With so much attention concentrated on the men’s singles final, the ramifications of the women’s singles summit clash appear somewhat feathered over. But this could well be the match in which reigning world and Olympic champion Carolina Marin wrests back from Chinese Taipei’s Tai Tzu Ying the accolade of the world’s best female badminton player.
In the wake of her trailblazing gold-winning feat at the Rio Olympics last year, Marin has not been able to win another title. A leg injury slowed her down for a while, robbing her of arguably her best asset, speed of movement around the court. She has gone three Superseries tournaments this year – the All England, India Open and Malaysia Open – without a crown. While she stumbled in the final of the latter two events, she was eliminated much earlier at Birmingham, leaving the title to be contested by Tai Tzu Ying and Thailand’s Ratchanok Intanon.
Yet, Marin’s progress in recent weeks is noteworthy. After losing the India Open final to local hope PV Sindhu, she gained sweet revenge for that defeat in the quarter-final of the Singapore Open, with a totally convincing win over the lanky Indian. She was beaten narrowly in the final of the Malaysia Open by Tai after winning the opening game, and would not have been flattered if she had won that match in straight games, for she lost the second stanza over the extra points.
The momentum that Marin has gained in this tournament, with excellent victories in consecutive rounds over two of her three top current rivals, Sindhu and Korea’s Sung Ji Hyun, reveal that the Spanish left-hander is set to regain her world’s pre-eminent status. If she were indeed to win, though, it may take some time for her status to reflect in the rankings, for Tai has a hefty points cushion at the top of the heap.
In the paired events, one sees the usual suspects in the title round of the women’s doubles. Japan’s Ayaka Takahashi and Misaki Matsutomo, ranked No 1, are all set to play one of their interminable matches against the No 2 seeds, Kamilla Rytter Juhl and Christinna Pedersen of Denmark, after both pairs made the final grade with relatively comfortable victories over Korean rivals.
There has been a rejuvenation of sorts for another top Danish combination. Left-hander Mathias Boe and right-handed Carsten Mogensen, after a string of tournaments without a place in the final, will take on the No.4 seeds, Li Junhui and Liu Yuchen of China, for the men’s doubles title.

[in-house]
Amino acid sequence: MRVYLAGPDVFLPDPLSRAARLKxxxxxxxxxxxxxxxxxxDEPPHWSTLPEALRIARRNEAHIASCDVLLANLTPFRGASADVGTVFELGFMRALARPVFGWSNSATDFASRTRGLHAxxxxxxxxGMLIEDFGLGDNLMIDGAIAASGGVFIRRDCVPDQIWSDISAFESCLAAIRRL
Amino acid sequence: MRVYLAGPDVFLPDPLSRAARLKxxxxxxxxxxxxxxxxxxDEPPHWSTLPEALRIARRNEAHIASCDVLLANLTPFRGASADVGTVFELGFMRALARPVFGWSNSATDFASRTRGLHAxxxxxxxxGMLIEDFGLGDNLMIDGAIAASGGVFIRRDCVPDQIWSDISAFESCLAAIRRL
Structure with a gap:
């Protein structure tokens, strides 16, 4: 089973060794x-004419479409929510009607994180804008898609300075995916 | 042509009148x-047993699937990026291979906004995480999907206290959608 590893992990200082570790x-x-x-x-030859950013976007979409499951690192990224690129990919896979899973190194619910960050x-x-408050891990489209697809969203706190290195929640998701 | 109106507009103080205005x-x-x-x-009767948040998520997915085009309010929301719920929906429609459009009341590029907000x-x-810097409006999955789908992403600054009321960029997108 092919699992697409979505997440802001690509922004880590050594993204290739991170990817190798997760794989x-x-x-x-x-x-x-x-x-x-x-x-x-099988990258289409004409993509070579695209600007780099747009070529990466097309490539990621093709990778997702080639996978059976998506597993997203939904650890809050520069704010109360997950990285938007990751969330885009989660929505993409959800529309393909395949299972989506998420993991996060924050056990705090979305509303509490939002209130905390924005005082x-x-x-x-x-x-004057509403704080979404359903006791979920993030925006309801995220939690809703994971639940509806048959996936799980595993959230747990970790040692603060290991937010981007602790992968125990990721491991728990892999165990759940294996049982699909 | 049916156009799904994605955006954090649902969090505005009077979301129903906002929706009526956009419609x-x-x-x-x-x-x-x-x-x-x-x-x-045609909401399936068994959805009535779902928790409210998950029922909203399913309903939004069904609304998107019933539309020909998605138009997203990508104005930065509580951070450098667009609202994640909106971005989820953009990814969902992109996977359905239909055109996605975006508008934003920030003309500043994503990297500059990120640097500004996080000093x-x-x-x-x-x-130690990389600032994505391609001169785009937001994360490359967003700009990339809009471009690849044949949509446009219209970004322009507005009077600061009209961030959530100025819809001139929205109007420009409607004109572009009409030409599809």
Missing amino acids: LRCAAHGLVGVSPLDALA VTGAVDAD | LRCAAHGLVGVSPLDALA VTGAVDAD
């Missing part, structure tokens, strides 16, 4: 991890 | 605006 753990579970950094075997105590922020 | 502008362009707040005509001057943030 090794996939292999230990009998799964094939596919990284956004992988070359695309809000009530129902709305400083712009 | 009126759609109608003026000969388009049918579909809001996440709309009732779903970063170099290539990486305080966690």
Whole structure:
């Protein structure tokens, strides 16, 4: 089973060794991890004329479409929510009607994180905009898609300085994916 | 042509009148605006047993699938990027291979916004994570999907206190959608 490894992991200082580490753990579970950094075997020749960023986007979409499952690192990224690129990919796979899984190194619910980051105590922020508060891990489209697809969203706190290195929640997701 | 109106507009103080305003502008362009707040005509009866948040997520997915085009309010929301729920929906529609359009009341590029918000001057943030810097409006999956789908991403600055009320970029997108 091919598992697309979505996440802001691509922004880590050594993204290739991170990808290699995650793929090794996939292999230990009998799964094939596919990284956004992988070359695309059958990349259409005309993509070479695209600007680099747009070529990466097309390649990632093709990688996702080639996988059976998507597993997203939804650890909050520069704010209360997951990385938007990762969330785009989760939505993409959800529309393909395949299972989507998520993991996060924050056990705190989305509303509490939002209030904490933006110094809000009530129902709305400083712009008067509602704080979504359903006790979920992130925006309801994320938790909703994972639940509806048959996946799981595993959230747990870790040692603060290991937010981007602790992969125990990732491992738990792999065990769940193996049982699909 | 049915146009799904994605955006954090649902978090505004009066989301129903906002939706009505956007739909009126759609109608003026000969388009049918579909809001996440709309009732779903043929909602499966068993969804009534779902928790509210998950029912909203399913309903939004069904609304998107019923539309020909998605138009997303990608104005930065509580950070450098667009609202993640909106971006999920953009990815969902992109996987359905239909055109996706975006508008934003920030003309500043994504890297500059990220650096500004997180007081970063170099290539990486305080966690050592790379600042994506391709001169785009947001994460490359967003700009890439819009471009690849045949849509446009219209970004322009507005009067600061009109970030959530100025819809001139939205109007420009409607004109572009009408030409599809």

The Danes appeared to play with a vengeance in the semi-final against the top-seeded Indonesian pairing of Marcus Fernaldi Gideon and Kevin Sanjaya Sukamuljo, who had won successive titles at the previous three Superseries tournaments. It looked like they had an axe to grind after being tragically denied a place in the draw of the Malaysian Open last week, after their country’s association failed to send in their entry on time.
The mixed doubles will see a first Superseries final for the unconsidered Thai twosome of Dechapol Puavaranukroh and Sapsiree Taerattanachai, who will face off against the powerful Chinese combination of Lu Kai and Huang Yaqiong, seeded No 3 and runners-up to Chinese compatriots Zhang Siwei and Chen Qingchen at the Malaysia Open, a week ago. It would be tremendous for the young Thai pair to make a statement of their potential and excellence at this level.
Sindhu had earlier pulled out of the Thomas and Uber Cup Final but later decided to participate in it, although the event itself eventually got deferred due to the rising number of pullouts.
Thomas and Uber Cup Finals postponed to 2021 by BWF after top teams withdraw due to COVID-19 pandemic
The BWF has, however, decided that the Denmark Open will proceed as originally planned in the BWF Tournament Calendar (13-18 October).